AC: Well I’ve been looking at stuff from the Manchester Medical Collection, the Evolution Papers and the Derek Guttery Papers. These have included things like old adverts, newspaper clippings, glass plate x-rays, lights taken from x-rays, slides. Specifically the Derek Guttery papers have been amazing! He seemed to spend his life just collecting x-rays. So the archive is huge, and it was very useful. It’s shaping the second section of my research. I've found specific stuff on a group called Radiation Matters who work with the x-rays and found information on cancers and a lot of material on that [radiation and cancer] which was quite highly intellectual but highly interesting - around how it has come to be used in treatment even though it wasn’t intended.
LJ: Showing how archives have been of value to PhD researchers like you is really important to us.
AC: I just find working with archives exciting!
Interview conducted 18th February 2011.
Case study: African History
Lisa Jeskins interviewed Vincent Hiribarren as part of a study looking at impact. Vincent took part in a telephone interview on 25th January 2010
Vincent is a PhD Student and Postgraduate Tutor of African History at the University of Leeds.
Vincent's research is on 19th century and 20th century Nigeria. He is examining the perception of the boundaries in Northern Nigeria in the English Colonies and the French and German colonies.
"I find the Archives Hub very useful as many of the sources I'm looking for are located in different institutions, for instance, Western African materials can be found at the University of Oxford, SOAS and the University of Birmingham."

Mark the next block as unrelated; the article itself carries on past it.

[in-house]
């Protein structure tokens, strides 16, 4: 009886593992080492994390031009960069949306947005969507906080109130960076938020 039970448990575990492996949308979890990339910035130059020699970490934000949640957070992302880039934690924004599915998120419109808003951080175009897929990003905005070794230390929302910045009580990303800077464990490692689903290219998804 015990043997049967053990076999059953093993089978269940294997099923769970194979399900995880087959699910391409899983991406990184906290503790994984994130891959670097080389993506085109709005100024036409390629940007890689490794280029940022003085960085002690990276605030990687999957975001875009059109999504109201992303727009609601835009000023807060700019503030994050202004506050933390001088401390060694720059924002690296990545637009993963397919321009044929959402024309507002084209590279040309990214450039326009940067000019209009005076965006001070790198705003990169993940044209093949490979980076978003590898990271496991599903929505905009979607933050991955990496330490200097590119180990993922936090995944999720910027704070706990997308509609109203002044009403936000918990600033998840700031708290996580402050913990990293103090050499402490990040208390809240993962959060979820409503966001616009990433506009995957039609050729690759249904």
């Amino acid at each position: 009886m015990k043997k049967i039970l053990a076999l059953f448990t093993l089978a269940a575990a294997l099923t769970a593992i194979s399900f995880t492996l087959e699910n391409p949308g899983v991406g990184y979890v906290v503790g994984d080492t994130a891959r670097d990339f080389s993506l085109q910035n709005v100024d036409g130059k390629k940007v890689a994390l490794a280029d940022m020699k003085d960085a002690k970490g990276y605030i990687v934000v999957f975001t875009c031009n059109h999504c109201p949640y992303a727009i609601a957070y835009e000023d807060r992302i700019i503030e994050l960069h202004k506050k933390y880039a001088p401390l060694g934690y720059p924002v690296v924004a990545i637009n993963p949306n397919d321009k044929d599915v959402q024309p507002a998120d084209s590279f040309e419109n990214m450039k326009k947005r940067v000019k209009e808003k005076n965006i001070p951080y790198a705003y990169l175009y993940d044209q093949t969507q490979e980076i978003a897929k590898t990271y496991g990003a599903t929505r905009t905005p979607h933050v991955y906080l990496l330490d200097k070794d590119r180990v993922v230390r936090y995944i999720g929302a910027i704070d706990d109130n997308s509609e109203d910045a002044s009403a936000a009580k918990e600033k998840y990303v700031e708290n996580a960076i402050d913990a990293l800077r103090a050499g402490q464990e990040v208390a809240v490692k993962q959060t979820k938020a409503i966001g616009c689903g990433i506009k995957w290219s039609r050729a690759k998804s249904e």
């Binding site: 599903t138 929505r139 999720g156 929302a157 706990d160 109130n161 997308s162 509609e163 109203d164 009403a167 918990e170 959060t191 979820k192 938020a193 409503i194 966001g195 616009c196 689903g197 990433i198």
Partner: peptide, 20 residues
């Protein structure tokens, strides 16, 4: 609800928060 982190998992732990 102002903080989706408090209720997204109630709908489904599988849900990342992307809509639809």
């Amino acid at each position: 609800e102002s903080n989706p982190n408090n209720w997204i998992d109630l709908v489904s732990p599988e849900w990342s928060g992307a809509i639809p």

Vincent recently used the Archives Hub to search for information on a colonial officer from Nigeria. "I found his name and searched the Hub for it and I had the whole description of the contents of the boxes. This makes my work much easier, as I can see how much information is available before investing in a trip to the archive or repository. Very often you can make such a trip based on an online Finding Aid, but not know the specific items within an archive. The Archives Hub has item-level information for a lot of collections, which is very useful."
"...with a PhD you have to make an original contribution to knowledge so we thought the best way to do that was to find unique case studies in archives."
"I find the Archives Hub very useful as many of the sources I'm looking for are located in different institutions".